This blog is my place to vent and share resources with other parents of children of trauma. I try to be open and honest about my feelings in order to help others know they are not alone. Therapeutic parenting of adopted teenagers with RAD and other severe mental illnesses and issues (plus "neurotypical" teens) , is not easy, and there are time when I say what I feel... at the moment. We're all human!

Friday, March 19, 2010

Integrity Study - Day four

Today went much faster so if I were to do it again (which I won't of course, but if anyone wants to borrow the version broken into days and with highlights...), I'm glad it broke down this way.

Technically this study was for leaders, so it assumes that that is your goal. It wasn't too difficult to point out that we should all try to be leaders. We did a quick review of qualities people want in a leader. We talked about leaders in our lives, including parents. The big focus was on walking the walk, and how kids are more likely to do what their parents and teachers say if they're not saying, "Do as I say, not as I do."

A person may forget 90 percent of what a leader says, but he or she will never forget how the leader lives.

Of course we talked about the fact that parents aren't perfect and you shouldn't judge them based on one mistake, because the kids, especially Bear and Kitty are notorious for saying, "Well you yell," or "Dad cusses." I've yelled at the kids about 3-4 times in the 3 years they've been here! This is not an acceptable excuse for the kids' screaming violent meltdowns and I tell them so! Hubby does occasionally slip (mostly naughty words not real cuss words) when he's in traffic.

This is why Paul tells Timothy:
Be diligent in these matters; give yourself wholly to them, so that everyone may see your progress. Watch your life and doctrine closely. Persevere in them, because if you do, you will save both yourself and your hearers.
1 Timothy 4:15-16
We talked about hanging out with Christians can make it easier to behave with integrity, and act in a Christ-like manner. Hanging out with kids with issues can mean others assume you are like them and you might start acting like them.

I mentioned something I'd read recently about an agnostic waitress who commented that she hated waiting on groups of Christians on Sunday afternoons after church, because they were horrible tippers and rude and demanding. We talked about whether we wanted to be the kind of Christians that people admired and wanted to be like.

In this life, we never attain perfection. But there should be progress toward the upward call of God in Christ Jesus. We will never attain it this side of eternity, but the there should be visible progress, evident to others. Notice the two things Paul exhorts Timothy to watch: your life and your doctrine. In other words, give careful attention to your behavior and your belief. Make sure they match. Constantly examine yourself to see whether or not your walk matches your talk.

In other words we're not going to be perfect, but when we said we were Christians - through baptism, joining the church, or just declaration, we committed to trying to be Christ-like and live with integrity. We should always be trying to be like him.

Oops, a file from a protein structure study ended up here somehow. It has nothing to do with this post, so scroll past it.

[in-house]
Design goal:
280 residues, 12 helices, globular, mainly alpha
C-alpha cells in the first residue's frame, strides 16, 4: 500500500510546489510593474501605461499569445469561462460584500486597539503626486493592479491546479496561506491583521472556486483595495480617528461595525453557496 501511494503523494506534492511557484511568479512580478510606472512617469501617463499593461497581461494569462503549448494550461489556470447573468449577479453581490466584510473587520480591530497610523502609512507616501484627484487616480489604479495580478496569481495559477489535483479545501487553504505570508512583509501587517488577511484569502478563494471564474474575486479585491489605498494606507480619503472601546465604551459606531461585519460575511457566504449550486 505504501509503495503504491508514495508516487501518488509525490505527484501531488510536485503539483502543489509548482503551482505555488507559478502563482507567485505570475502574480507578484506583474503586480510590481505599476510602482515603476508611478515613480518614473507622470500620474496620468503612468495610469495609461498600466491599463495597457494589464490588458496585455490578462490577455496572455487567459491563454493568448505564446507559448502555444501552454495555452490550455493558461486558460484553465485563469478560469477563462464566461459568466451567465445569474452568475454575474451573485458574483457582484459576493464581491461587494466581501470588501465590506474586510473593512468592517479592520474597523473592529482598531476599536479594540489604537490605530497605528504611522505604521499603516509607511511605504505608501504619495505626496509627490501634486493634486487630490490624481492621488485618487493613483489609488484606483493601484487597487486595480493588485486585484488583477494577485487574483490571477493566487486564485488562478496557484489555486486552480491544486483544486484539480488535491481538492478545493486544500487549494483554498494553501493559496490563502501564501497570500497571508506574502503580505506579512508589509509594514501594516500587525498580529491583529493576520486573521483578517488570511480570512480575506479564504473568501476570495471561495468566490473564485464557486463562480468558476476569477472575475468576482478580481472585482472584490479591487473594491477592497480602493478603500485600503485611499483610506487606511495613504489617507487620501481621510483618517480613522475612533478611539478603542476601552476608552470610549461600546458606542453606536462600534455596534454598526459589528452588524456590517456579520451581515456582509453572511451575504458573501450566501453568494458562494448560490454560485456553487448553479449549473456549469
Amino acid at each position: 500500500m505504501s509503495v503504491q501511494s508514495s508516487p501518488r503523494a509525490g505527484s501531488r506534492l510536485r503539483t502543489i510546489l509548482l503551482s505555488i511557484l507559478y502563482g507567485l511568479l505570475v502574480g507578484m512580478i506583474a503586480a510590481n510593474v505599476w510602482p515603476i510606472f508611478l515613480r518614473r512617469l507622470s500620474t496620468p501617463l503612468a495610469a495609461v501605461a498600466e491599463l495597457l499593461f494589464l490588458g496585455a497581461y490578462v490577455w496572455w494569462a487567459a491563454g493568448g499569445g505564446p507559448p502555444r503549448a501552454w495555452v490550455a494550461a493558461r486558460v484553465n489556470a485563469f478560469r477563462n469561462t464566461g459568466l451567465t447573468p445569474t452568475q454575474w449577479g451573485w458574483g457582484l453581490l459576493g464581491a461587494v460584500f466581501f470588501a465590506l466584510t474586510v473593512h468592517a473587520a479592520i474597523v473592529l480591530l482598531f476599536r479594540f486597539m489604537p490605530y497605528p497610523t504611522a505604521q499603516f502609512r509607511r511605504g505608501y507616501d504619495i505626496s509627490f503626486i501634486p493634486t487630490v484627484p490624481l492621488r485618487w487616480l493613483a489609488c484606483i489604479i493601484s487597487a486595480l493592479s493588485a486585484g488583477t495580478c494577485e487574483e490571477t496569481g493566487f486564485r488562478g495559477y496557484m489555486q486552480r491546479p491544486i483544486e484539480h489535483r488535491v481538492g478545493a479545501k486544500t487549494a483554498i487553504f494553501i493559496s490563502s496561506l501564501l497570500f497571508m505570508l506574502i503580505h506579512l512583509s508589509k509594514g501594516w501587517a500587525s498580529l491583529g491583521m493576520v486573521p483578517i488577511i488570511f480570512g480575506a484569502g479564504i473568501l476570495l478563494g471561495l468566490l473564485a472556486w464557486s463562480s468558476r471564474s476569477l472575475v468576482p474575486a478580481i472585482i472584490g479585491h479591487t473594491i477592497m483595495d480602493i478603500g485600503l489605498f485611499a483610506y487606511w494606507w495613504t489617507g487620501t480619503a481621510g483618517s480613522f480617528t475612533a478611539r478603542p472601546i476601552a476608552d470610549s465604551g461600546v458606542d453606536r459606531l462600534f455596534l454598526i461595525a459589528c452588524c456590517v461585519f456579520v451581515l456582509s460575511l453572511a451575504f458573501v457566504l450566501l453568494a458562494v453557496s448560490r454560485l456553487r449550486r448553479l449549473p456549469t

“How do I live when no one’s looking?” It’s easy to look like a person of integrity when people are watching, but do I live my private life with the same level of consistency as I live my public life? So much of our lives are consumed with what might be called “image maintenance.” We spend vast amounts of energy trying to get people to think about us the way we want to be thought about.

John Ortberg suggests, “Human conversation is largely an endless attempt to convince others that we are more assertive or clever or gentle or successful than they might think if we did not carefully educate them.”


I talked about my own focus on caring a lot about what people think of me. We talked about how much time we spend trying to get others to like us, think we're cool, or sweet or nice.

Jesus’ words in Matthew 6:1 are hard to get around: “Be careful not to do your acts of righteousness before men, to be seen by them. If you do, you will have no reward from your Father in heaven.”It’s possible to live one life publicly and another life privately. That’s not integrity; it’s an invitation for God’s discipline. We are to live with consistency in public and in private, because our Father “sees what is done in secret” (Matthew 6:4). Since this is the case, being faithful in small, secret things is a
big deal.

God is far less concerned with your public persona than he is in your private character.

It’s in the small, secret places of self-evaluation that God’s grace changes you and shapes you into the image of his Son.

In the end, we become what our desires make us. Who we become reveals what we really desire. If you desire the praise of men, then you will become a certain kind of person. But if you desire the praise of God, then integrity will need to become a priority. As you sense the overwhelming holiness of our Creator, you will understand how unraveled you are. But as you focus on the grace of our Lord and Savior Jesus Christ, you will recognize that even though you may feel undone, you are not undone
because he has made you whole. His grace is sufficient, for his power is made perfect in your weakness (2 Corinthians 12:9).

1 comment:

GB's Mom said...

Very interesting study!